I think I understand the basic concept of negative harmony, rotating around an axis.

I get basic functional chord negatives like these...

       inversion table

            Eb E
         D        F
      C              G
   B                    Ab
A                          Bb
normal chord | negative chord

    V7  GBDF | CAbFD iiø4/2
    ii6 FAD  | DBbF  bVII6/4
    IV  FAC  | DBbG  v6/4 (minor triad)
    I   CEG  | GEbC  i6/4

I think I'm generating the negative chord correct, but how do they get used?

Should I treat those negative chords as having some kind of negative functions or qualities similar to the normal chords?

  • does iiø4/2 "function" like a dominant to a tonic i6/4?
  • is the sense of chord stability inverted: in negative harmony are 6/4 chords stable?
  • should the negative chord be treated strictly as the specific inversion? Meaning is i6/4 the negative of I and i in root position is not the negative of I because it is the wrong inversion?

If there aren't any typical, practical applications, and it's a unique, personal approach for each composer, I get that.

I only want to know if there are typical approaches, because when I hear 'negative harmony' I think 'harmony as the art of chord progressions' - whether functional or non-functional - not just a method for inverting isolated chords.

  • 1
    Ernst Levy, A Theory of Harmony, is the source that introduces the term "negative harmony".
    – user70304
    Commented Aug 10, 2020 at 12:45

2 Answers 2


Flipping pitches about an axis, as you demonstrate, is normally called "inversion" and normally applied to a melody, such as a fugue subject or tone row. There it is effective in making a new melody with a complementary contour.

"Negative harmony" is the more controversial practice of applying the same operation to chords and chord progressions. It /can/ reveal kinships between chords in some cases. To take your first example, if V7 can substitute for V in V-i, negative harmony suggests putting iiø6/5 for iv in iv-I, and this indeed works. It does NOT suggest what bass notes to use.

This is a felicitous example, however. Most functional progressions (e.g. 7th chords by downward 5th) lose their functional character after negation, which is one reason why negative harmony has remained somewhat suspect among analysts and mainly unknown among composers.

  • 1
    How did you get iiø6/5 from V7? V7 inverted is iiø4/2. Commented Jul 24, 2019 at 20:03
  • As I said, negative harmony does not suggest bass notes. iiø4/2 - i6/4 is an absurd cadence. It's more sensible to say: if we add a 7th in the authentic cadence, then we add a 6th in the plagal one, keeping the bass notes.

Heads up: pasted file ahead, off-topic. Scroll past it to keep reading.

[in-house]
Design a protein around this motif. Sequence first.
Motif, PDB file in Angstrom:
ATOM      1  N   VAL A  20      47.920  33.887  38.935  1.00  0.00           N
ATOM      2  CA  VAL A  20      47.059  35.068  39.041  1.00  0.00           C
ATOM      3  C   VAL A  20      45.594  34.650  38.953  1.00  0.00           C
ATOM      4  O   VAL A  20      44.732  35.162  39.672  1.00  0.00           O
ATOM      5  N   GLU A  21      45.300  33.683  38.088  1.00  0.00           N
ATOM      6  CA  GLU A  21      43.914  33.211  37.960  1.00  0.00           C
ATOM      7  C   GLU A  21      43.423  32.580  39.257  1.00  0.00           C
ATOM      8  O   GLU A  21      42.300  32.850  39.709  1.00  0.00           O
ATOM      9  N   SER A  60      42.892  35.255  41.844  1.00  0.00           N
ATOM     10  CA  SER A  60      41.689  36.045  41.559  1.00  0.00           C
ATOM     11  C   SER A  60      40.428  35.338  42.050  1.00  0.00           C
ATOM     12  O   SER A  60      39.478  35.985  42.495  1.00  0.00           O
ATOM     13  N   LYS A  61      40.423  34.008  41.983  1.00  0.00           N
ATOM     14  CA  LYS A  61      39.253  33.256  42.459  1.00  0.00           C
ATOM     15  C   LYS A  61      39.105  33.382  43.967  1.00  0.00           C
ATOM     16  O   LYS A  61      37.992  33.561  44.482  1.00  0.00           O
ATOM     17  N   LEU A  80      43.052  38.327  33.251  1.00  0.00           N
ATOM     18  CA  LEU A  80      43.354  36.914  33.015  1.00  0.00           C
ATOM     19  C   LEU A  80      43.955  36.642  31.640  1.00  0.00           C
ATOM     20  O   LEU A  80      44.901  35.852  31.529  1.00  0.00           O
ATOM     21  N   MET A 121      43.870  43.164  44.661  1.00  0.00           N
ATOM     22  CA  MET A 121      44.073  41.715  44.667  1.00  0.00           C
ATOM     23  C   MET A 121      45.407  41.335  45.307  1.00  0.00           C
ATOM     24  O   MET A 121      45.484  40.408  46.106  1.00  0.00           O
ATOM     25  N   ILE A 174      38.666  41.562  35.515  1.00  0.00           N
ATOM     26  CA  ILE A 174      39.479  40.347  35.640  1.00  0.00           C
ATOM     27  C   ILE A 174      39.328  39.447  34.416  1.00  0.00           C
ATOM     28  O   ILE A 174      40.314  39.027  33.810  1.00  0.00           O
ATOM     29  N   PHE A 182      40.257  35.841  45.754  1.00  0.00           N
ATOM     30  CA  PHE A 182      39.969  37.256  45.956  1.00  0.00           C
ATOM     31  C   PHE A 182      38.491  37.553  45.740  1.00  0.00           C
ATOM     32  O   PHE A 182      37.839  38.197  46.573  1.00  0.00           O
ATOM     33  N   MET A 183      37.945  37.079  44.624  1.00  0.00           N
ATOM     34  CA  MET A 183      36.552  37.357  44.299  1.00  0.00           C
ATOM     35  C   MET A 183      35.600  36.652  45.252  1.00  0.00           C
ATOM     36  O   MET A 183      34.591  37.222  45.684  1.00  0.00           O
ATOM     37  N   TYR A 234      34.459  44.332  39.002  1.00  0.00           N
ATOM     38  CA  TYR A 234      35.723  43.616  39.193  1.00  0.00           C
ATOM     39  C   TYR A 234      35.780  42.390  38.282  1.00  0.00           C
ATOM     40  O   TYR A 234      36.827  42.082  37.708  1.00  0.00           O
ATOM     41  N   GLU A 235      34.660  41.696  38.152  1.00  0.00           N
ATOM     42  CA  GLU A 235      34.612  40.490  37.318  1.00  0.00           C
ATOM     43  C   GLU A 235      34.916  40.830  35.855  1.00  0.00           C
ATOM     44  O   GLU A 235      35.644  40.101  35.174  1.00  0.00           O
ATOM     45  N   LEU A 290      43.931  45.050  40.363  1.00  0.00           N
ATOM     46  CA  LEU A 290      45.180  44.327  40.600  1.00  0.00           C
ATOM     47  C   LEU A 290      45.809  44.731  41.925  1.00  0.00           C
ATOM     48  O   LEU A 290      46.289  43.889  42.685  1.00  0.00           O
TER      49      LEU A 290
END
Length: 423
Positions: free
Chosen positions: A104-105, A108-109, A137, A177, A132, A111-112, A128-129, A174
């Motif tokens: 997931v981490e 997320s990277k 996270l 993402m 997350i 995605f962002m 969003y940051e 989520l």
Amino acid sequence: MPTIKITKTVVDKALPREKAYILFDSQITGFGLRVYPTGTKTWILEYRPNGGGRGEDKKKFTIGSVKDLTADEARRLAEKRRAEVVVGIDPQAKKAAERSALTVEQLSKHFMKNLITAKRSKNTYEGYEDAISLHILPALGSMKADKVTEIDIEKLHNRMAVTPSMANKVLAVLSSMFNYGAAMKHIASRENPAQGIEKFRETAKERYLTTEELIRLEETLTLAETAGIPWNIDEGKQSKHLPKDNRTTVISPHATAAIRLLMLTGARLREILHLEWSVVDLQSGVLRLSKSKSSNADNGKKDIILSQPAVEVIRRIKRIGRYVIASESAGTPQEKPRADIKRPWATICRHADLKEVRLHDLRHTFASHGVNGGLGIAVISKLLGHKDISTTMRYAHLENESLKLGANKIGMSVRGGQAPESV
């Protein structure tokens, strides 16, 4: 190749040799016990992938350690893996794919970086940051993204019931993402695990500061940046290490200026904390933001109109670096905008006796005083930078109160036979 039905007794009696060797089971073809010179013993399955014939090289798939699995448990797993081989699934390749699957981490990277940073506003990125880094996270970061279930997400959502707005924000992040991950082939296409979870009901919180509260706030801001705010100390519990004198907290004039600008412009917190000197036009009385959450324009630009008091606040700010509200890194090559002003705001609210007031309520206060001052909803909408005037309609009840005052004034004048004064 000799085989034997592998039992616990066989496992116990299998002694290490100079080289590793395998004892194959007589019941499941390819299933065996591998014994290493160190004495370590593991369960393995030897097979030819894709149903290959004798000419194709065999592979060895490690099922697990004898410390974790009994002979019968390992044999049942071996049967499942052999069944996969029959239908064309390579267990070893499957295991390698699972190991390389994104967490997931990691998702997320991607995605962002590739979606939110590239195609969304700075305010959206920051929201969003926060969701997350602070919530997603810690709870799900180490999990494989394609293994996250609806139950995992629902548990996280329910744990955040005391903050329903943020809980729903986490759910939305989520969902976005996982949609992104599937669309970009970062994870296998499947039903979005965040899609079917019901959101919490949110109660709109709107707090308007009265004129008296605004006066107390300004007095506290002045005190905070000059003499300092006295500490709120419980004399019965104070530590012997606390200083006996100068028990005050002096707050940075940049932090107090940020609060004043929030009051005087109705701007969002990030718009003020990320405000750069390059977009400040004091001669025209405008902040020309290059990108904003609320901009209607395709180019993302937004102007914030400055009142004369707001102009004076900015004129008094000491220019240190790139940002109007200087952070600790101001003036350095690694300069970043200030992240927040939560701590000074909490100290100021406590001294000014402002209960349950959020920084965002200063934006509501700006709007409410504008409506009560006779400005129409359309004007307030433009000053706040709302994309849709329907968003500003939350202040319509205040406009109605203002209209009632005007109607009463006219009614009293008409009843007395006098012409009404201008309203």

– Mirlan
    Commented Jul 26, 2019 at 0:24
  • So after the negation/inversion it just becomes an unordered set of pitches? Where does that idea come from? Is there a particular book or theorist? Commented Jul 26, 2019 at 0:28

Since the British composer and multi-instrumentalist Jacob Collier mentioned the phenomenon of "negative harmony" in an interview in 2017, a lively discussion about the theoretical understanding and practical application of this concept has developed in the jazz community's internet forums . Their basic idea is as old as it is simple: Every given (“positive”) harmonic structure can be mirrored on a horizontal axis and thus results in its “negative” counter-image; For example, the minor triad can be described as an inverted, “negative” major triad (which of course raises the question: which tone should then be defined as the “basic tone”?).

I will post a good link in my next question: what is negative harmony?

But now here first a teaching video that's fantastic not only by the presentation of the theory but also by the lovely Italian accent of the speaker. That's music in my ears.

In this video you will learn what Negative Harmony is, how it works, and how you can use it in your music.;)

A way of using negative harmony flavoured sounds is to only change special chords in the chart. For example in the first 8 bars of "All the Things" change only the Dominant-7 Chords and the II-V to their negatives:


  • well, this question seems to have already been posted and closed as a duplicate. ( I don't agree that it's a duplicate,btw!). So I'll add the other link here above: A way of way of using negative harmony. Commented Aug 9, 2020 at 17:18

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